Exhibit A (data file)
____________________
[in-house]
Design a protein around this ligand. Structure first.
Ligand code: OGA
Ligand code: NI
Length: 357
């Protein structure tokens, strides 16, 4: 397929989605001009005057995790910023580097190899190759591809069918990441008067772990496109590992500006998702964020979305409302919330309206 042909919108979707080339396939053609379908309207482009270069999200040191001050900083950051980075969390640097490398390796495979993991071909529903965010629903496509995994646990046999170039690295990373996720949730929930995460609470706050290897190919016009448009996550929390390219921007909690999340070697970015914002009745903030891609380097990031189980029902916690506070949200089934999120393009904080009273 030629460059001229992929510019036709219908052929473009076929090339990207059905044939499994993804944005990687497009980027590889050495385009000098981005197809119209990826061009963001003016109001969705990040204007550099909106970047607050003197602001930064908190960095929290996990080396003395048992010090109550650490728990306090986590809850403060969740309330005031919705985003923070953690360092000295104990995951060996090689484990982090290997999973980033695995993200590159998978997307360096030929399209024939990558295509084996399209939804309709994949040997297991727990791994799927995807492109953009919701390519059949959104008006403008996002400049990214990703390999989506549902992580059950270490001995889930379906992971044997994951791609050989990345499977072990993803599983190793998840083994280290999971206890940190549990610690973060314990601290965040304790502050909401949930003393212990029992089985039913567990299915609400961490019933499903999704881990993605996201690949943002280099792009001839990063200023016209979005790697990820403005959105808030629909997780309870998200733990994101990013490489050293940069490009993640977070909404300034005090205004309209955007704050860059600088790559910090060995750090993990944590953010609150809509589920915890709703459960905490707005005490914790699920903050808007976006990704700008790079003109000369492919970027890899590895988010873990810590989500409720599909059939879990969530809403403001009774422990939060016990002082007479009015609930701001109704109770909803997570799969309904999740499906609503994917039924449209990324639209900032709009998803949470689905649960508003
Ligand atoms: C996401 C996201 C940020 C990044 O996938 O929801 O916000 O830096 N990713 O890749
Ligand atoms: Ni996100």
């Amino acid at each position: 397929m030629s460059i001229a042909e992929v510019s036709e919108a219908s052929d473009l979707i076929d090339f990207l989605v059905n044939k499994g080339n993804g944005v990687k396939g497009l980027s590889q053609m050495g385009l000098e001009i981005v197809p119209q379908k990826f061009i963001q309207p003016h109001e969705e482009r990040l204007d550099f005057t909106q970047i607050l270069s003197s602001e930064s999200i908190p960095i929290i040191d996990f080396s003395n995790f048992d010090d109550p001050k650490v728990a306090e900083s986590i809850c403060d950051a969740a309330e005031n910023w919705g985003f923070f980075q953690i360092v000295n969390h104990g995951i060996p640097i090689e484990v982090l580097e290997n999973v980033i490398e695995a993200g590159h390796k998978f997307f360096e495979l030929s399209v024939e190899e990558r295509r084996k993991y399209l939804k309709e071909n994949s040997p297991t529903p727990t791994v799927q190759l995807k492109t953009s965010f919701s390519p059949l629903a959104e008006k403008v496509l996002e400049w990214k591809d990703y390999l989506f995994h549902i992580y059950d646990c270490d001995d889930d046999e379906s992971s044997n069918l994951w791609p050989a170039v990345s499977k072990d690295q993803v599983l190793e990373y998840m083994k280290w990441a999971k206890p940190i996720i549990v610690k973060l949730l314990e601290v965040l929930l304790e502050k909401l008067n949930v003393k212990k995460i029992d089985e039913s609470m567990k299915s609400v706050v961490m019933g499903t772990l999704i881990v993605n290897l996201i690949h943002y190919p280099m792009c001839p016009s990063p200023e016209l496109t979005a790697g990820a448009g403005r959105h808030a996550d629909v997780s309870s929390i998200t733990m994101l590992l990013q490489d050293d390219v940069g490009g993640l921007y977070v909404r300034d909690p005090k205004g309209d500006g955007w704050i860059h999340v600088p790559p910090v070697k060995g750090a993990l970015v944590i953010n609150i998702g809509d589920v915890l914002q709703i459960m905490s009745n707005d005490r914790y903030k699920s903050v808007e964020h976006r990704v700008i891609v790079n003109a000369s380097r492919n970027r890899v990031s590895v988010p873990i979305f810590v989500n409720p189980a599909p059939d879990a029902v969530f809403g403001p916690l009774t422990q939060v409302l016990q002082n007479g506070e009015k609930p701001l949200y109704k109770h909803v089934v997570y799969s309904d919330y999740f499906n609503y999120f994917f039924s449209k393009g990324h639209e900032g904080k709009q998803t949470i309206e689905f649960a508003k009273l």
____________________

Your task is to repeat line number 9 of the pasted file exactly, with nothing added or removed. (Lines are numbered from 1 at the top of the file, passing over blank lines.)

């Amino acid at each position: 397929m030629s460059i001229a042909e992929v510019s036709e919108a219908s052929d473009l979707i076929d090339f990207l989605v059905n044939k499994g080339n993804g944005v990687k396939g497009l980027s590889q053609m050495g385009l000098e001009i981005v197809p119209q379908k990826f061009i963001q309207p003016h109001e969705e482009r990040l204007d550099f005057t909106q970047i607050l270069s003197s602001e930064s999200i908190p960095i929290i040191d996990f080396s003395n995790f048992d010090d109550p001050k650490v728990a306090e900083s986590i809850c403060d950051a969740a309330e005031n910023w919705g985003f923070f980075q953690i360092v000295n969390h104990g995951i060996p640097i090689e484990v982090l580097e290997n999973v980033i490398e695995a993200g590159h390796k998978f997307f360096e495979l030929s399209v024939e190899e990558r295509r084996k993991y399209l939804k309709e071909n994949s040997p297991t529903p727990t791994v799927q190759l995807k492109t953009s965010f919701s390519p059949l629903a959104e008006k403008v496509l996002e400049w990214k591809d990703y390999l989506f995994h549902i992580y059950d646990c270490d001995d889930d046999e379906s992971s044997n069918l994951w791609p050989a170039v990345s499977k072990d690295q993803v599983l190793e990373y998840m083994k280290w990441a999971k206890p940190i996720i549990v610690k973060l949730l314990e601290v965040l929930l304790e502050k909401l008067n949930v003393k212990k995460i029992d089985e039913s609470m567990k299915s609400v706050v961490m019933g499903t772990l999704i881990v993605n290897l996201i690949h943002y190919p280099m792009c001839p016009s990063p200023e016209l496109t979005a790697g990820a448009g403005r959105h808030a996550d629909v997780s309870s929390i998200t733990m994101l590992l990013q490489d050293d390219v940069g490009g993640l921007y977070v909404r300034d909690p005090k205004g309209d500006g955007w704050i860059h999340v600088p790559p910090v070697k060995g750090a993990l970015v944590i953010n609150i998702g809509d589920v915890l914002q709703i459960m905490s009745n707005d005490r914790y903030k699920s903050v808007e964020h976006r990704v700008i891609v790079n003109a000369s380097r492919n970027r890899v990031s590895v988010p873990i979305f810590v989500n409720p189980a599909p059939d879990a029902v969530f809403g403001p916690l009774t422990q939060v409302l016990q002082n007479g506070e009015k609930p701001l949200y109704k109770h909803v089934v997570y799969s309904d919330y999740f499906n609503y999120f994917f039924s449209k393009g990324h639209e900032g904080k709009q998803t949470i309206e689905f649960a508003k009273l």